In 2012 House of Lords reform failed. In 2013 it’s time for Liberal Democrats to show their continuing commitment to democratic reform.
We clearly can’t get the law changed at the moment but we can make a clear, unambiguous statement of intent. It’s just simple democracy and it’s easy; the membership should elect the Liberal Democrat candidates for the Lords. One simple motion at the party conference and a bit of commitment from the leadership is all it takes.
Well of course it’s not that simple, so let’s examine a few of the arguments against and the counter arguments:
This is just internal party business why bother with it?
The point is to make a public statement of our principles and our intent. Done properly it is a strategic political move.
Do we believe in democracy or don’t we?
The public won’t see our internal elections as having any particular legitimacy
This is a necessary first step towards wider electoral reform.
It demonstrates that we have real principles and are prepared to act on them.
The majority of the public are either hostile to Lords reform or think that it is irrelevant; we need to focus on issues that resonate with large sections of the public
Absolutely, but we need to do this as well
We will never persuade anyone of the need for Lords reform unless we demonstrate our own commitment to it.
The leadership should be allowed to appoint at least some candidates
That would be a gift for our opponents.
The membership elects PPCs and council candidates; what is so special about the Lords?
We risk losing the experience and expertise of senior party figures and of other excellent candidates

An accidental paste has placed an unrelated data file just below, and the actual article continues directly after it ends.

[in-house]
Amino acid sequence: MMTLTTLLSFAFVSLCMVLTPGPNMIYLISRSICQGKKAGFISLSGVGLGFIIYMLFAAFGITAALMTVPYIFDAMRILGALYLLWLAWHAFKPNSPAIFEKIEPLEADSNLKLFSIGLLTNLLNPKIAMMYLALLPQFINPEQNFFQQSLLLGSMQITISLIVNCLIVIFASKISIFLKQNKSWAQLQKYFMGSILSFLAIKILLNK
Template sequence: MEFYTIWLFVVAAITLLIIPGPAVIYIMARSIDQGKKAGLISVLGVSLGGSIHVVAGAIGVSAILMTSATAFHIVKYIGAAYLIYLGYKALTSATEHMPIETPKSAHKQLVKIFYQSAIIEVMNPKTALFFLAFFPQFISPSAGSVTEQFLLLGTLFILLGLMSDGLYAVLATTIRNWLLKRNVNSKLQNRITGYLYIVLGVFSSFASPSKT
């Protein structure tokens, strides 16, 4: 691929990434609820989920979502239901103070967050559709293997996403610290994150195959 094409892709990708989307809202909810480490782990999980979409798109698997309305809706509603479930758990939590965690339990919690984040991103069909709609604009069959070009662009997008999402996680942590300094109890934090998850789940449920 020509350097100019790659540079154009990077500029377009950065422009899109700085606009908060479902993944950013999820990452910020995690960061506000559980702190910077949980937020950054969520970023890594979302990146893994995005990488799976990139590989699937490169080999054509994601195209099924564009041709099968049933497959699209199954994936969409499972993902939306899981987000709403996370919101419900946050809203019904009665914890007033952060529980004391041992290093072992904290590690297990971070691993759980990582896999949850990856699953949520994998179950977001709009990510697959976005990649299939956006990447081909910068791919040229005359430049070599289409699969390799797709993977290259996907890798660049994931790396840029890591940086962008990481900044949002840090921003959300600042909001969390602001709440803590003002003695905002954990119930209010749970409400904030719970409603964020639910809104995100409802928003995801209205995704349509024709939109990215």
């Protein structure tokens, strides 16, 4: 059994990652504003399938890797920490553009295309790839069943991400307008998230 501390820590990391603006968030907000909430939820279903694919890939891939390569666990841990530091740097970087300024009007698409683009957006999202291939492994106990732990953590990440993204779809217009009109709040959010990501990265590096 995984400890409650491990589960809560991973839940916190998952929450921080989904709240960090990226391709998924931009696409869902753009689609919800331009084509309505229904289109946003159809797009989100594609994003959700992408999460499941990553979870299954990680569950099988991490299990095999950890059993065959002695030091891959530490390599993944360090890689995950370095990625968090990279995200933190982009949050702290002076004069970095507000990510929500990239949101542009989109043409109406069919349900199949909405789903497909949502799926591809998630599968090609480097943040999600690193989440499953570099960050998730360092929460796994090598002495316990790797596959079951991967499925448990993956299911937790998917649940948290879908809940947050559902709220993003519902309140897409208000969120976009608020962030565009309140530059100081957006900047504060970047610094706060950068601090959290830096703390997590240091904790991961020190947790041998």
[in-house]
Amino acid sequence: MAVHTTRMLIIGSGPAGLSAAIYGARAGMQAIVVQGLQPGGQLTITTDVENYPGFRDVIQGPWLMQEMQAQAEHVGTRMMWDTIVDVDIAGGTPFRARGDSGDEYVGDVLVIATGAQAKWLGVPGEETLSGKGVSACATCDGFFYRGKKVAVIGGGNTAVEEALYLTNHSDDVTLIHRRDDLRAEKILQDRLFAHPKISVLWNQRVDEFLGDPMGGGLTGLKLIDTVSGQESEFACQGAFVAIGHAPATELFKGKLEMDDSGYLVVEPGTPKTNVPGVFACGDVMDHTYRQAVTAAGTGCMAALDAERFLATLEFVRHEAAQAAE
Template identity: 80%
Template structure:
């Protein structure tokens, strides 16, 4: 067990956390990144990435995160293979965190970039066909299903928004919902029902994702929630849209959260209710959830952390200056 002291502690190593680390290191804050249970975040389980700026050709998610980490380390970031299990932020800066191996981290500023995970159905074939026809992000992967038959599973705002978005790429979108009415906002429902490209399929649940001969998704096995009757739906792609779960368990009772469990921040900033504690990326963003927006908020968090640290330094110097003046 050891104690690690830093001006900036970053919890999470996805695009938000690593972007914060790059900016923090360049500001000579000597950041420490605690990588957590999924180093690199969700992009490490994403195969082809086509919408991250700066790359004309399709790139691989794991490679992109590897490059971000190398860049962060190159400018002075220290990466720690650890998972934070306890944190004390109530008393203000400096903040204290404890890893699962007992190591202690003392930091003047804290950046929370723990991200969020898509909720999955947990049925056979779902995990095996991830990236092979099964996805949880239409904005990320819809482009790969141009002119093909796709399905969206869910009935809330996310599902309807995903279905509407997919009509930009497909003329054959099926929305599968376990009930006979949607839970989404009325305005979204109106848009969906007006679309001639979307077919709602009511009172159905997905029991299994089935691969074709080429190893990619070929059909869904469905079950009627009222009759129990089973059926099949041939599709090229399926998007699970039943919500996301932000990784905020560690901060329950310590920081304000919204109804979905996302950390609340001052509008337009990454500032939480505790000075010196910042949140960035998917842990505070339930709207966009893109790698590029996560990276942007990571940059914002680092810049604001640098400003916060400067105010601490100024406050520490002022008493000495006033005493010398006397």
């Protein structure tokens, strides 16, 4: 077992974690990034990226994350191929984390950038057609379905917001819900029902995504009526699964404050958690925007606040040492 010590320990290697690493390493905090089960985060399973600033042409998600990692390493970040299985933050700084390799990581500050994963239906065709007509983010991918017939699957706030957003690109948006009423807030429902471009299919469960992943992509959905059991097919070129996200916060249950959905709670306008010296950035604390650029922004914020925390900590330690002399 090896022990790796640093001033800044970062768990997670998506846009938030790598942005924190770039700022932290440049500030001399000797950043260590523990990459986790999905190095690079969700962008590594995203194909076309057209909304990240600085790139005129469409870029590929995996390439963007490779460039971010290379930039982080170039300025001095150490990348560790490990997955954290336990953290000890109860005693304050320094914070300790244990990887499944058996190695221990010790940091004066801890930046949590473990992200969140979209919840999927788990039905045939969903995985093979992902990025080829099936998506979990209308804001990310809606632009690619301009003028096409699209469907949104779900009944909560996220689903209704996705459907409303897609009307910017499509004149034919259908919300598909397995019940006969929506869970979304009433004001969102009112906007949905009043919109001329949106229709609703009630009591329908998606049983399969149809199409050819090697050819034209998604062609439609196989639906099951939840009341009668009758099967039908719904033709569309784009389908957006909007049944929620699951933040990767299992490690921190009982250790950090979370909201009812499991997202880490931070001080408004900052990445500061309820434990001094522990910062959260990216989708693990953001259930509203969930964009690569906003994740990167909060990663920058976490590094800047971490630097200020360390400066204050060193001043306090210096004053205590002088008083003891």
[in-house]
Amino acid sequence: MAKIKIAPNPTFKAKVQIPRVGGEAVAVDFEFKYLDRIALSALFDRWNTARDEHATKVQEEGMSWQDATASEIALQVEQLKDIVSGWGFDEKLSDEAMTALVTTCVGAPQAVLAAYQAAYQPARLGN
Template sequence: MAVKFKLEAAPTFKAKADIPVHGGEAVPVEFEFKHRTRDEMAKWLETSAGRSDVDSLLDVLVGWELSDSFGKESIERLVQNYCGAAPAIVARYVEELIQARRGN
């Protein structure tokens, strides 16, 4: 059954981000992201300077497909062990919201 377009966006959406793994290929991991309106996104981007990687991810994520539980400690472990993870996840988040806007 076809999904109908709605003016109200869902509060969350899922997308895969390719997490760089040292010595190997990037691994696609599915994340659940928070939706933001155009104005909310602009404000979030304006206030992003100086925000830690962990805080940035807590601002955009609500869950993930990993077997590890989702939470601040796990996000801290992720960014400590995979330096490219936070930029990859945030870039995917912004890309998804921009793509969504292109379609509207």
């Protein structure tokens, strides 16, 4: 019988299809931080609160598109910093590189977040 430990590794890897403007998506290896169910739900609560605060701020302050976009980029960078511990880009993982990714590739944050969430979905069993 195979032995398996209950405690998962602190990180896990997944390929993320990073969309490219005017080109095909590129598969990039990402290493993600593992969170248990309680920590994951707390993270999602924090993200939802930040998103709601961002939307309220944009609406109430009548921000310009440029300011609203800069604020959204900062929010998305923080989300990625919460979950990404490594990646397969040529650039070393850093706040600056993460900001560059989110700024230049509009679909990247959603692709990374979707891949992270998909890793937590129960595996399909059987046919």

There is no reason why they could not stand for election.
There are other roles in the party.
Some excellent candidates are unwilling to put themselves up for election.
Ditto councillors, MPs, MEPs etc.
When we do achieve Lords reform, candidates are going to have to stand for public election.
The world is in crisis; we should be focussing on dealing with that.
The work to set up the welfare state was done in the middle of a World War. If they could do that then, we can do this now.
We already have an interim peers panel election process in place
An excellent starting point. Now let’s finish the job.
Our selections could be vetoed during the appointment process
We would have a panel of candidates, so individual rejections wouldn’t be any more of a problem than they are now.
Elections cost money.
We should be willing to put our money where our mouths are.
Why not just get on and do it?
If you can think of a really overwhelming counter argument then let’s hear it.
* Alan Levy is a Lib Dem member/activist and an ex-councillor (with ambitions to drop the “ex” bit at some point) living in Cambridge.